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This article opens with a discussion of contemporary avant-garde art, which according to many critics distinguishes itself by a turn to history, that is by a (seemingly paradoxical) backward-looking stance. Relativizing the ‘newness’ of this turn to history and the past in early twenty-first-century avant-garde art, the article then unearths the early twentieth-century avant-garde’s often neglected fascination with cultures that historically predate that of Europe. Zooming in on the historical avant-garde’s widespread interest in ancient Egypt in particular, the article highlights the “anarcheological impulse” that may well characterize the treatment of the (long-gone) past in all avant-garde exploits, be they early twentieth or twenty-first-century.

In: Journal of Avant-Garde Studies

Abstract

This article situates the French dancer and choreographer of color Nyota Inyoka’s Egyptian-inspired work within the context of modern Orientalist Egyptomania and relates her to the avant-garde. Drawing out Inyoka’s ambiguous positionality the article not only demonstrates how Inyoka’s work disrupted the phenomenon of Egyptomania, most notably in her performance Prière aux dieux solaires (Prayer to the Sun Gods) (1921), but also unearths the ways in which her work, as it performed ‘ancient Egypt,’ deserves to be held alongside related and more canonized avant-garde practices.

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In: Journal of Avant-Garde Studies
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In: Journal of Avant-Garde Studies

Abstract

This article examines Hedwig Fechheimer’s 1914 Die Plastik der Aegypter (Egyptian Sculpture) and Tristan Tzara and Étienne Sved’s 1954 collaborative book L’Égypte face à face (Egypt Face to Face) and how, bookending the classical European avant-garde period, both took recourse to ancient Egypt to explain their present moment. While Fechheimer approaches Egyptian artwork via a nascent Cubism, Tzara and Sved reflect on ancient Egypt through nostalgic, Dada-tinted lenses. The presents of Fechheimer, Tzara, and Sved were rife with anti-Semitism and conflict; while Fechheimer avoids politics entirely Tzara and Sved do have a poignantly political purpose. In both cases time is folded, challenging teleological conceptions of historicity.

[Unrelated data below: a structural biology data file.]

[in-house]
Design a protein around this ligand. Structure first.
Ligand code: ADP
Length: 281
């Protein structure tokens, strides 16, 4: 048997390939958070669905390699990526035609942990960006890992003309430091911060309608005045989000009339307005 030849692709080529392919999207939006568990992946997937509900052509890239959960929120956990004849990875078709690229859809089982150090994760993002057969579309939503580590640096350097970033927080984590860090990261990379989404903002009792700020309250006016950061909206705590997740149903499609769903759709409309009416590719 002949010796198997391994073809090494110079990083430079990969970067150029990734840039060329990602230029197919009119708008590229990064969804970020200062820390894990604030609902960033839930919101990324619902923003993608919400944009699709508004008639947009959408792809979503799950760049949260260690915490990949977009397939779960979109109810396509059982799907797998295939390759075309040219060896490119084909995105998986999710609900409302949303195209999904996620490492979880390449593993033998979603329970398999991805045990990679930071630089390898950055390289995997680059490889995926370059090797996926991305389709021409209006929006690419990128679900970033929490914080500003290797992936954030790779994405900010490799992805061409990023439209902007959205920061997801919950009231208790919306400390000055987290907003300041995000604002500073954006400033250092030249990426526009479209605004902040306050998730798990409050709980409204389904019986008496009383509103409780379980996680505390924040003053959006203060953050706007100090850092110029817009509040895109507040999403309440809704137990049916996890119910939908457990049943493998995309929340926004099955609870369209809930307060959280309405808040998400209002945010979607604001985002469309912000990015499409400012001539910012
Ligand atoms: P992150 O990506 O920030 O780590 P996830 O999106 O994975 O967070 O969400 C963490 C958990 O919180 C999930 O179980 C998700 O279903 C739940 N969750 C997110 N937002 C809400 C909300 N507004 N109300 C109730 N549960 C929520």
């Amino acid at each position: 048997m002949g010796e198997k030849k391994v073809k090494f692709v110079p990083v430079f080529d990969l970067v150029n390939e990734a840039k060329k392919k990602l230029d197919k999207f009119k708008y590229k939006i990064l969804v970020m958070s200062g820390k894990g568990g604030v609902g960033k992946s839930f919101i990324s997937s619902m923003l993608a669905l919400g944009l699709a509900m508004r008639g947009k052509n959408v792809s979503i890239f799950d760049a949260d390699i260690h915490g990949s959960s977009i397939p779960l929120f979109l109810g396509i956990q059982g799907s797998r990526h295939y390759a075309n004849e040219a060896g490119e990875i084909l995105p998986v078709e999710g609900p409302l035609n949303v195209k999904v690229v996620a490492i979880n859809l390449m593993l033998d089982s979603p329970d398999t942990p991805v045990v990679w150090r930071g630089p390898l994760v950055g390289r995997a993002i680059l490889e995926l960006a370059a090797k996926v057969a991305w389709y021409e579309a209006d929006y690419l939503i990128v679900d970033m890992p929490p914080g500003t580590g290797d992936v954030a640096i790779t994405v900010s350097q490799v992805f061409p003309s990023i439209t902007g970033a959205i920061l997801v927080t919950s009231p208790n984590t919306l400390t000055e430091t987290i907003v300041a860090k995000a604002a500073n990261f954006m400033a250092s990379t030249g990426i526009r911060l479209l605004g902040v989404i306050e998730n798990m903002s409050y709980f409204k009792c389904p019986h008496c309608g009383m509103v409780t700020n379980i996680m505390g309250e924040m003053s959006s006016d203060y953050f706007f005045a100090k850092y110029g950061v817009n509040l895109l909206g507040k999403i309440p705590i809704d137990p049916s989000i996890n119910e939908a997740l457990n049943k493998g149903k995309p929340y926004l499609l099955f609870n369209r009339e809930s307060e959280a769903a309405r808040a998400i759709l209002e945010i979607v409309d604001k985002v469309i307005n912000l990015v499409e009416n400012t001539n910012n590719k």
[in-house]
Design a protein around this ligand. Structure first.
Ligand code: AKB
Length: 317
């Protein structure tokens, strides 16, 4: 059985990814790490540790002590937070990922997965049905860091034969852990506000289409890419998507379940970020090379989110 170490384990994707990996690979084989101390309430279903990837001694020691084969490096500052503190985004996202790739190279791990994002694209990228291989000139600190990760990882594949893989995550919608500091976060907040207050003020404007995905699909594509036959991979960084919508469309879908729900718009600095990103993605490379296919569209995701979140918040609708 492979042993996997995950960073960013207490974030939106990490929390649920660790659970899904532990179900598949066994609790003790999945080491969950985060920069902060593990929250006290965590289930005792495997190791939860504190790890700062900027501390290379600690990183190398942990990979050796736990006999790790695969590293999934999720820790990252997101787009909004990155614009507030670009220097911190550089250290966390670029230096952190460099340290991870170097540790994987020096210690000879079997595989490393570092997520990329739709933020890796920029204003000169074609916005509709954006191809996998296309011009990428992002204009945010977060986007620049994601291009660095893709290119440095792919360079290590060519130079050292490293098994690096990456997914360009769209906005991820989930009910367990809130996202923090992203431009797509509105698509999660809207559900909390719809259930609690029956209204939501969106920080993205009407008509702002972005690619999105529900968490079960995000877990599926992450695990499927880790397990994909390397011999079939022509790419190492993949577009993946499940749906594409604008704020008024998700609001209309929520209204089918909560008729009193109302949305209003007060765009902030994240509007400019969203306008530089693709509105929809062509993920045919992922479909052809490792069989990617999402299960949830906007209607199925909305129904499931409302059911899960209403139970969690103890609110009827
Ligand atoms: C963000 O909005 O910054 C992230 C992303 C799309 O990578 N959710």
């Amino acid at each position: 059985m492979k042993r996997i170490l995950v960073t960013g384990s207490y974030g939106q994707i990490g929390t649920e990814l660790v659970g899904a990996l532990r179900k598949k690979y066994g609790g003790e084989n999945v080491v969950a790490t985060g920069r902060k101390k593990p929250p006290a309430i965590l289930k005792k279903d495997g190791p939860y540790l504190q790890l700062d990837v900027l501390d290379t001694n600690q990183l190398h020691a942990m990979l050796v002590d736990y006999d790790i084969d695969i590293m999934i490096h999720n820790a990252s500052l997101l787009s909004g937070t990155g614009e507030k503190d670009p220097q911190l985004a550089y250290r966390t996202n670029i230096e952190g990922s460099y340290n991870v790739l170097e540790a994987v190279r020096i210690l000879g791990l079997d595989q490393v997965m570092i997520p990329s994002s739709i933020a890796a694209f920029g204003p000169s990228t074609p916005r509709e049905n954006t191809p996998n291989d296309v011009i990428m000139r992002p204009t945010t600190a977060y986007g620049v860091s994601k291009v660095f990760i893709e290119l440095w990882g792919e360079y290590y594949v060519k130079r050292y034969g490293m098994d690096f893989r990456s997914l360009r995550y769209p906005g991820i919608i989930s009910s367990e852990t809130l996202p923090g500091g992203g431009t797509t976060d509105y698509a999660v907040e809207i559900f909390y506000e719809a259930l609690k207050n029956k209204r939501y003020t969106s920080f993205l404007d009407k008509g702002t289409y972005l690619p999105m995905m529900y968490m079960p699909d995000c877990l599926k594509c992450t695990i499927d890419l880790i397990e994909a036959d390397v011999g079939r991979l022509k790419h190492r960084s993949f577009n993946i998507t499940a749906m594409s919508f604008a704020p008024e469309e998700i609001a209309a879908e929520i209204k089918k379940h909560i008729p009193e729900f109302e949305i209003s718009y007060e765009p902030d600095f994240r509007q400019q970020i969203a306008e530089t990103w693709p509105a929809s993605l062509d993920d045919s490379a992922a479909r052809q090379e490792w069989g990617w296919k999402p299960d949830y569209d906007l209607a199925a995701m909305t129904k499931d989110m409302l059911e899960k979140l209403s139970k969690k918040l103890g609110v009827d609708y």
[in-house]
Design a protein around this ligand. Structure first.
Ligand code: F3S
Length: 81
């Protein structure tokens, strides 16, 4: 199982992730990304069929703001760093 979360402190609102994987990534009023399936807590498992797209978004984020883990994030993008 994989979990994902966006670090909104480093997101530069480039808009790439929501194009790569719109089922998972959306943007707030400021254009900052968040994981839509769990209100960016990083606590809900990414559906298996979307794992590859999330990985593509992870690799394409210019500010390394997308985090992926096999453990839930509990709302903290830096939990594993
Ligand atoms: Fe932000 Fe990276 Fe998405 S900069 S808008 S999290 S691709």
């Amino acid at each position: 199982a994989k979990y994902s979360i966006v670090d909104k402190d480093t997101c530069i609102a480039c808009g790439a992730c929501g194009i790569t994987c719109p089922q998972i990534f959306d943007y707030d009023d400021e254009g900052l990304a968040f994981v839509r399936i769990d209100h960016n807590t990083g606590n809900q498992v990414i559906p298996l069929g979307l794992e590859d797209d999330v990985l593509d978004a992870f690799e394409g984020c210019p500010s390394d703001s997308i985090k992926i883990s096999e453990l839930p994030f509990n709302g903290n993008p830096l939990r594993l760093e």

In: Journal of Avant-Garde Studies

Abstract

This article deals with the building of an avant-garde identity in a peripheral European country by returning to a mythical past placed in Egypt. It focuses on the main promoter of Futurism in Portugal, Almada Negreiros, and on how his African roots played a part in the splitting of the self, a phenomenon that at the time was discussed widely in Fernando Pessoa’s circle and which Pessoa himself so dramatically put into practice with the creation of heteronymous identities. It demonstrates how Almada’s heritage was at once an instrument to perform Otherness—that is, a means to construct an identity as civilisation’s Other—and a gateway to accessing the creative origin of all selves through the connecting cipher of ancient Egypt.

In: Journal of Avant-Garde Studies
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Abstract

Cinematic elements inform the aesthetic innovation of interwar American artists Aaron Douglas and Charles Dawson, particularly in the interplay between ancient Egyptian resources and modern visual expression. Cinema had developed an Egypthood, a set of concepts tying its picture-writing (hieroglyphics) to notions of preserving and reorganizing time (mummies) and an eloquence in compressing volume into surfaces (bas relief). Reaching for the pharaohs belonged within an urgent cultural politics, a campaign for beauty and regeneration against white supremacy. Cinema spoke to artists engaged with organizing eras across a flat surface. Through their compact spaces, and sometimes translucent historical jumps, Dawson and Douglas draw the Nile past forward in what Schomburg would call the use of the “reclaimed background.” Their complex rosters of spatial compression produce the aesthetic shock of historical compression, within a wider effort to transform and break open the Nile’s anchorage in the temporarily and culturally remote.

In: Journal of Avant-Garde Studies
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Abstract